Paddling the Pacific

For 15 years, Coos Bay man takes to the sea in his kayak, learning a lot along the way
In this April 4, 2012 photo, John Schlesinger, who has been sea kayaking for about 15 years, paddles his kayak in Charleston.AP Photo / The World, Benjamin Brayfield

COOS BAY — Battling waves in a kayak is a delicate balance between safety and thrill — but it's all worth the effort, if you know what you're doing.

Oregon sea kayaker John Schlesinger, who has been hitting the ocean for about 15 years, got hooked after he first paddled a sit-on-top in Monterey Bay during a family vacation.

"I just thought, 'This is fun,' " he said, adding that he's always enjoyed solitary sports such as cycling. "I didn't take lessons for probably five to eight years — I got myself in some trouble, lost my boat at sea — then I started taking lessons and I got more excited about it."

He learned the hard way, and wouldn't recommend that method.

"The best info I can give them is get good instruction," Schlesinger said. "Because I had a lot of bad habits to break."

The sea is a powerful beast, and one the semi-retired Schlesinger enjoys taming as often as he can. But he takes caution before heading out and constantly adjusts to the ocean while riding waves and ducking in and out of cliffs.

"I'm not fearless on the water, but you can't be scared either," he said. "There's so much power out there.

"It's risk management that we have to do all the time. I have to think about it all the time."

A few weeks ago, he checked his cellphone around noon, seeing if he could head out for some fun in the afternoon. He pulled up information on ocean swells, tides and wind — all important information to consider before slipping into your kayak.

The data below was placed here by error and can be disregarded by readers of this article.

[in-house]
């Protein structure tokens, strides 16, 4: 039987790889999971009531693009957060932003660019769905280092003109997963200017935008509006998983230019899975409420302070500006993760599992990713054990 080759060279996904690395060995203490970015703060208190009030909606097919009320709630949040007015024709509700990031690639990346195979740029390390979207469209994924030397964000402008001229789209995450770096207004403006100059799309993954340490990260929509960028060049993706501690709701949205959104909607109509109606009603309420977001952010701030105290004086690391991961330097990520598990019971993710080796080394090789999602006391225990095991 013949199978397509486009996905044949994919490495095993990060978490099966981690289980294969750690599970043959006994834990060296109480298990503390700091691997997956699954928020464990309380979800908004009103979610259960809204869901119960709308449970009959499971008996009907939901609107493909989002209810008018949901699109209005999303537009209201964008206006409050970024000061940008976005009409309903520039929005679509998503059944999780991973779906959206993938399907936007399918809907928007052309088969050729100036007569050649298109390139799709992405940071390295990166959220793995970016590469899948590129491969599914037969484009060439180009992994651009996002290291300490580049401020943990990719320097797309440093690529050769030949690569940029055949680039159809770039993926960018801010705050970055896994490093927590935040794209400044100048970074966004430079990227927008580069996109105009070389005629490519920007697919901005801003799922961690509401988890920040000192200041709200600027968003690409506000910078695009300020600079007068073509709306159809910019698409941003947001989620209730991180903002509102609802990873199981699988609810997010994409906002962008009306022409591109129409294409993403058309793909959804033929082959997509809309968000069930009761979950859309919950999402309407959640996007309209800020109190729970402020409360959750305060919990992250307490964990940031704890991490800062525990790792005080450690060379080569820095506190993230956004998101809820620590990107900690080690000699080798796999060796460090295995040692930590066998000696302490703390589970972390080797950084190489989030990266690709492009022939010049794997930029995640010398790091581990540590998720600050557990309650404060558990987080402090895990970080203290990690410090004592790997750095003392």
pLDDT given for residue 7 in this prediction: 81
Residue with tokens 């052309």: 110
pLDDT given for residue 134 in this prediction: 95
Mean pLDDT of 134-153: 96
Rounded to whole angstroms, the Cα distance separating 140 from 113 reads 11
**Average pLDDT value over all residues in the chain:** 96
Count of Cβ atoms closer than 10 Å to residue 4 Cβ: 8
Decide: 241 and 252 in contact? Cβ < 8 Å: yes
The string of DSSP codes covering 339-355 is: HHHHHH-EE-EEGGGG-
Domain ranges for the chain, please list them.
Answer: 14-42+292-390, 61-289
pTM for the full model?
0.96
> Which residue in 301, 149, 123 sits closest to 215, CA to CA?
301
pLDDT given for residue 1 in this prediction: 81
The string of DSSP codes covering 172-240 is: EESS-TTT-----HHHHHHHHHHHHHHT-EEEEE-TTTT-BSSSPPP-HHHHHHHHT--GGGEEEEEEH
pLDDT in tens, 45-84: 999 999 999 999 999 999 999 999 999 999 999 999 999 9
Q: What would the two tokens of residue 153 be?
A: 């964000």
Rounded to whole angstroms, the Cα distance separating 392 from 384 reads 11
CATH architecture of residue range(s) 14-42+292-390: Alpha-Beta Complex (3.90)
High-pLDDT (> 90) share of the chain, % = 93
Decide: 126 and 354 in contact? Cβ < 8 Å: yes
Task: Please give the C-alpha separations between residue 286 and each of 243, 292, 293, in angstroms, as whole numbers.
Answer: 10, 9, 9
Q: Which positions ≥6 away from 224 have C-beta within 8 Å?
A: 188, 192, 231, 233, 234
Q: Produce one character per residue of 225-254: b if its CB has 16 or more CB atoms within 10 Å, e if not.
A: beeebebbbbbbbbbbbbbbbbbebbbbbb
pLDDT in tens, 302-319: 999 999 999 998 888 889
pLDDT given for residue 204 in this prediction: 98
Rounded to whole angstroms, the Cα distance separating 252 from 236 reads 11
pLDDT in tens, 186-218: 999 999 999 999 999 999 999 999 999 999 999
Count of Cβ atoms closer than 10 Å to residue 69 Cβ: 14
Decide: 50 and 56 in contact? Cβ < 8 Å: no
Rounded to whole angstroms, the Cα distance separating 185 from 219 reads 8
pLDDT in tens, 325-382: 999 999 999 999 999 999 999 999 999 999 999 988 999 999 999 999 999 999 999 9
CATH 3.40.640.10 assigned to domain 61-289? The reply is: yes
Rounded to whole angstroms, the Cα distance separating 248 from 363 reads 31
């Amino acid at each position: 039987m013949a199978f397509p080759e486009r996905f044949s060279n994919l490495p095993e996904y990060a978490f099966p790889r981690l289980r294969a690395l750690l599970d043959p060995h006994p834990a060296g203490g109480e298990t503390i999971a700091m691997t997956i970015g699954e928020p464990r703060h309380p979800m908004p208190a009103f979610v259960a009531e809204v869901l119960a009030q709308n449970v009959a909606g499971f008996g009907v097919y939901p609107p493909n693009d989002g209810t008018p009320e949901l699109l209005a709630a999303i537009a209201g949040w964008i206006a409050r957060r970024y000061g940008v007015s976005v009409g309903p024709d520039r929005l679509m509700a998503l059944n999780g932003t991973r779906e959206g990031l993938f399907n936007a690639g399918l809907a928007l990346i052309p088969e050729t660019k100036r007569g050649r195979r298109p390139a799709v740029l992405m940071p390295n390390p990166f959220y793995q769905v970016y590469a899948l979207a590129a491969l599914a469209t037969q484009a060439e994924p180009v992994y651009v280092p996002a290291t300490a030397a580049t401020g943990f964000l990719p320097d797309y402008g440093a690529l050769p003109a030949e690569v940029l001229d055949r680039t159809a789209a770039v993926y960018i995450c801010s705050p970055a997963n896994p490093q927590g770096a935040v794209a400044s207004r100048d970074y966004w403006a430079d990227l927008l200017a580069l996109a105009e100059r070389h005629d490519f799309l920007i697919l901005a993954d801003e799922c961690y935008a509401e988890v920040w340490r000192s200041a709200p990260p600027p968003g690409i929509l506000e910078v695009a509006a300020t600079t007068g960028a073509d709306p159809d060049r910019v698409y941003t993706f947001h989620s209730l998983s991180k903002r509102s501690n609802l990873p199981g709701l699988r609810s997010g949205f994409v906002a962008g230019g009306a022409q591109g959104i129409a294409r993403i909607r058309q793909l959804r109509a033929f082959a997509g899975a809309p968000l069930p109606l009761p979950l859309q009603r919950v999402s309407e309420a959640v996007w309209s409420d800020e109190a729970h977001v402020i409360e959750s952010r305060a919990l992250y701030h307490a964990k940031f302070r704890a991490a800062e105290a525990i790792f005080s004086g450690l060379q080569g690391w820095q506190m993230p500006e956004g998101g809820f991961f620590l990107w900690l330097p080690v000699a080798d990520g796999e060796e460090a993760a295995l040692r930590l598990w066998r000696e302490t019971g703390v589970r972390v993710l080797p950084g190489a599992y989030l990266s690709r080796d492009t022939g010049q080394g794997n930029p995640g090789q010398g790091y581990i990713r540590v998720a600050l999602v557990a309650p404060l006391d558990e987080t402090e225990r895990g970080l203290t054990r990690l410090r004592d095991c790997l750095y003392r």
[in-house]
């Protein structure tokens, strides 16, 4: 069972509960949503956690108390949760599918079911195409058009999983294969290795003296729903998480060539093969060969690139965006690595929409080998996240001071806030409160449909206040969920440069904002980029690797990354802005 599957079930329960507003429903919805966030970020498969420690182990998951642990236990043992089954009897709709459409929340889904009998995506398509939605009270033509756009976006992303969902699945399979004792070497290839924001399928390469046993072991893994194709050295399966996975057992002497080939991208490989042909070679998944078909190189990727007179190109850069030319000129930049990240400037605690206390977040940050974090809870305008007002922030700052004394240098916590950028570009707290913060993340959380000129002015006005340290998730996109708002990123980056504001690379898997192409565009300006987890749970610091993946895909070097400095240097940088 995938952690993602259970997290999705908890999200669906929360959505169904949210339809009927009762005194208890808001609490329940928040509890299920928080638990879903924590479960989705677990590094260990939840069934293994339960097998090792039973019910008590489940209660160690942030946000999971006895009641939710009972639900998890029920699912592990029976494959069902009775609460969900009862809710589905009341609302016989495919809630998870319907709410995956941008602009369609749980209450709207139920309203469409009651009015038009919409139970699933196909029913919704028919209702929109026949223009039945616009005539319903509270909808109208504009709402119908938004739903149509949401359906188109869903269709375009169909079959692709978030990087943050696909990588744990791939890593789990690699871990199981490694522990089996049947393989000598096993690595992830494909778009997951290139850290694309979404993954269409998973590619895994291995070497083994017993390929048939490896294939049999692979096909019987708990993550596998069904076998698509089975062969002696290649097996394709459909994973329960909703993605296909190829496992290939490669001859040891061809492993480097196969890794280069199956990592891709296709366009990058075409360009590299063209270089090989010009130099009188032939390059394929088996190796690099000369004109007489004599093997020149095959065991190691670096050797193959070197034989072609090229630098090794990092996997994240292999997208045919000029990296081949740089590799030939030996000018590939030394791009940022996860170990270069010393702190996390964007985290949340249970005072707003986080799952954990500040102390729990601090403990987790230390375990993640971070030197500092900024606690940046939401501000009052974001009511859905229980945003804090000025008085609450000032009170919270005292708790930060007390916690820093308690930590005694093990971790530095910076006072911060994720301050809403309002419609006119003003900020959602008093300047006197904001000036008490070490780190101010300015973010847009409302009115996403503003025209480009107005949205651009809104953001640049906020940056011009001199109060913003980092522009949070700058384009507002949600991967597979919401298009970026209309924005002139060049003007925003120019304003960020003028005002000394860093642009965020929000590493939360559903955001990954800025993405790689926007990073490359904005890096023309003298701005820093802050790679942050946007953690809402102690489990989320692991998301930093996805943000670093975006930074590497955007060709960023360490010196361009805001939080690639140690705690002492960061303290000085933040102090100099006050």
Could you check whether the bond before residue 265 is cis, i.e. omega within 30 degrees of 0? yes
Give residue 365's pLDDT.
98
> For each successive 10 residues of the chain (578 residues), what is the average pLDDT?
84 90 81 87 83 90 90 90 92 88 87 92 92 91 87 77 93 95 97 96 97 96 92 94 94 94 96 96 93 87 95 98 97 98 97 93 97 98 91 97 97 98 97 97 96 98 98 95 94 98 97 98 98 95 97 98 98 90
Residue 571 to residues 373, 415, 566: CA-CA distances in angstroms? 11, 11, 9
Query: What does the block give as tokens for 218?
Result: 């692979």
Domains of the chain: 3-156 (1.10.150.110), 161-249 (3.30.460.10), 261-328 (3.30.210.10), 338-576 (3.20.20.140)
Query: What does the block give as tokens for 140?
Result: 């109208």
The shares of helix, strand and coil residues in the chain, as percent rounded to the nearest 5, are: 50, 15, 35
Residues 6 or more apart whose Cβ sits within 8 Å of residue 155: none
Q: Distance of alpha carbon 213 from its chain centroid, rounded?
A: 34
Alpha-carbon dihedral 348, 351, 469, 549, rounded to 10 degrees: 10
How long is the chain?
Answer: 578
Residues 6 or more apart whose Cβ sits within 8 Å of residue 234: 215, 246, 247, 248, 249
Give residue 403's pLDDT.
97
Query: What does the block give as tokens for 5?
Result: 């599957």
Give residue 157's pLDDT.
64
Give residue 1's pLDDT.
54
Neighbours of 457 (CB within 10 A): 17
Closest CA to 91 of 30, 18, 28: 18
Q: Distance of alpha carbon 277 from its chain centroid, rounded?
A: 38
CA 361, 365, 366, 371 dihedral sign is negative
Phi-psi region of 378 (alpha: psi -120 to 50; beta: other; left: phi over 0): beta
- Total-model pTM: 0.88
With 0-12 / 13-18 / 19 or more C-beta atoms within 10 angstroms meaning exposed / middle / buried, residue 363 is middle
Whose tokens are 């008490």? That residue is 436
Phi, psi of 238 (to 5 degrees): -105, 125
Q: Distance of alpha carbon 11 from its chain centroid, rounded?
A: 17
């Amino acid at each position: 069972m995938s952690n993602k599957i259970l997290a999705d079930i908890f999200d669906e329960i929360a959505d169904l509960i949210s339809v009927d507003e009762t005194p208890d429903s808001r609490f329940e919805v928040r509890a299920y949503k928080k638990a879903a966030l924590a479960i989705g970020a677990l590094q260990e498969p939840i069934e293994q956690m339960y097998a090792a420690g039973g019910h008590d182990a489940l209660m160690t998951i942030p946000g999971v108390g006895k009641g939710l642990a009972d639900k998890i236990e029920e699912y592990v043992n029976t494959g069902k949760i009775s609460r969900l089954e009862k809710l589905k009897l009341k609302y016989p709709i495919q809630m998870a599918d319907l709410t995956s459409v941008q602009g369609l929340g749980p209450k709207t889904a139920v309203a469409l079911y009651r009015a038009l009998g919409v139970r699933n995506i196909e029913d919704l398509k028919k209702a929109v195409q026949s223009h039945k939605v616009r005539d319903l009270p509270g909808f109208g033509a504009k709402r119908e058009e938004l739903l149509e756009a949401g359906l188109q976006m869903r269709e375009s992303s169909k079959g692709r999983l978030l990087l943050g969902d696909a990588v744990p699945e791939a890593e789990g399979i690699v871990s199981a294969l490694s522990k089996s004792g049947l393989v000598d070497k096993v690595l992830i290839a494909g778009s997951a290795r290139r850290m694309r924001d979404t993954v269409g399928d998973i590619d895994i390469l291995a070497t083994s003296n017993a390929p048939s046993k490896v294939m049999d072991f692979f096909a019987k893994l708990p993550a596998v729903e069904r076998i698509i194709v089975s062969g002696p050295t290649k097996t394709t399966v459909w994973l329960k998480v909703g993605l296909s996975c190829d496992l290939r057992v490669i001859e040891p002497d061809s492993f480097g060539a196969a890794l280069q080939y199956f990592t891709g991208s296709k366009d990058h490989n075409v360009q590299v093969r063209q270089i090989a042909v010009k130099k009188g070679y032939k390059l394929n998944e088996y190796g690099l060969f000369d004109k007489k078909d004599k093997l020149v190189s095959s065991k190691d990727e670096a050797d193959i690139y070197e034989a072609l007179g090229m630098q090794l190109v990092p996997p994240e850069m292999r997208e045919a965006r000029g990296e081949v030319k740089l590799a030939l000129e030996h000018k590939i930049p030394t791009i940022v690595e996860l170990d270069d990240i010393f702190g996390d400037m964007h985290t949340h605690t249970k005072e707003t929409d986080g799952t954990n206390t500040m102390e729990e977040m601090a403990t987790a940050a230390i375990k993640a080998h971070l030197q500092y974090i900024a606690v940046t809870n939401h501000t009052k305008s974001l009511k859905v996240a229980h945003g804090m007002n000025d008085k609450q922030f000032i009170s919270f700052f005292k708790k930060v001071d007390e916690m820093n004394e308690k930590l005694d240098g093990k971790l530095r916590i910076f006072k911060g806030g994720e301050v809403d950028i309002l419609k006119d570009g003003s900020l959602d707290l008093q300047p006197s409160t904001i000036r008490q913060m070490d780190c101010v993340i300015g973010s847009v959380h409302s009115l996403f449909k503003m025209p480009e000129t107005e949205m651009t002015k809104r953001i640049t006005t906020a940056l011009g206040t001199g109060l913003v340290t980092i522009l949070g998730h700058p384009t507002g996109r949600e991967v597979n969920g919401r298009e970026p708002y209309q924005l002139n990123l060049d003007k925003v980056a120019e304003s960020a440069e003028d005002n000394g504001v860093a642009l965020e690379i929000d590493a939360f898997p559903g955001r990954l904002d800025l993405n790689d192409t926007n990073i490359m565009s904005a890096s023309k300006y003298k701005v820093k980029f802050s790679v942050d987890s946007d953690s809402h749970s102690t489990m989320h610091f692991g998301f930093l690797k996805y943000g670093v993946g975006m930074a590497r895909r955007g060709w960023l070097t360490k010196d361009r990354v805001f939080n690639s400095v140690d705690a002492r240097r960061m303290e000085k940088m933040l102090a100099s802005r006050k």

"Listen to weather reports," he said, adding that wind speed and direction is an important factor. "The average person can't go more than four knots."

Sea kayakers should wear the right equipment — cold suits, helmets and personal flotation devices are standard, potentially life-saving items. Also helpful are ear plugs and a whistle — ear plugs protect your inner ear from the cold water, which can interfere with your equilibrium and permanently damage your hearing, and a whistle can signal to others when bad weather leads to poor visibility.

"If I'm teaching, they're going to get an earful of safety all the time," Schlesinger said. "They're not going to be in my class if they're not wearing a PFD."

He also recommends kayaking with others, carrying a radio, a flashing light and plenty of water.

"Because hyperthermia is just as bad as hypothermia," he said.

He's heard all the horror stories, and has seen his share of them in person. He told of a friend who got tipped over onto a rock after a rogue wave snuck up on his group. They were able to save him, but it was another lesson learned.

"Fun is the first part of why people want to go kayaking, but fun is getting to come back," Schlesinger said.

The enjoyment he gets on the ocean far outweighs the risks. He's an adrenaline junkie, but he seeks thrills with caution. When waves are just right, he loves riding them, as well as sitting back and witnessing the power.

"I like playing around rocks and the foamy stuff and backwash," he said. "And the splashing waves — it's amazing to be that close to it from the water. You can watch the foamy stuff just explode."

He lovingly detailed different paddle spots — from Trinidad, Calif., to San Juan Islands, Wash. He does some lake and slough paddling as well, but it's the ocean that keeps calling him.

"I love seeing the birds, the eagles and the osprey, the blue heron (on South Slough)," Schlesinger said. "But I like the ocean environment more."

And it's not about how far he can paddle, like those who kayak across the ocean for days on end, just for the challenge.

"I don't see the fun in that," Schlesinger said. "You're just looking at open ocean."

He's drawn to explorations closer to shore — cliffs, hidden beaches, arches, wildlife — nature that's difficult for land-lovers to see.

"There are some amazing things," he said. "(From the road), you don't see the gray whale and her calf. And they were within 50 feet of us. It was just amazing."



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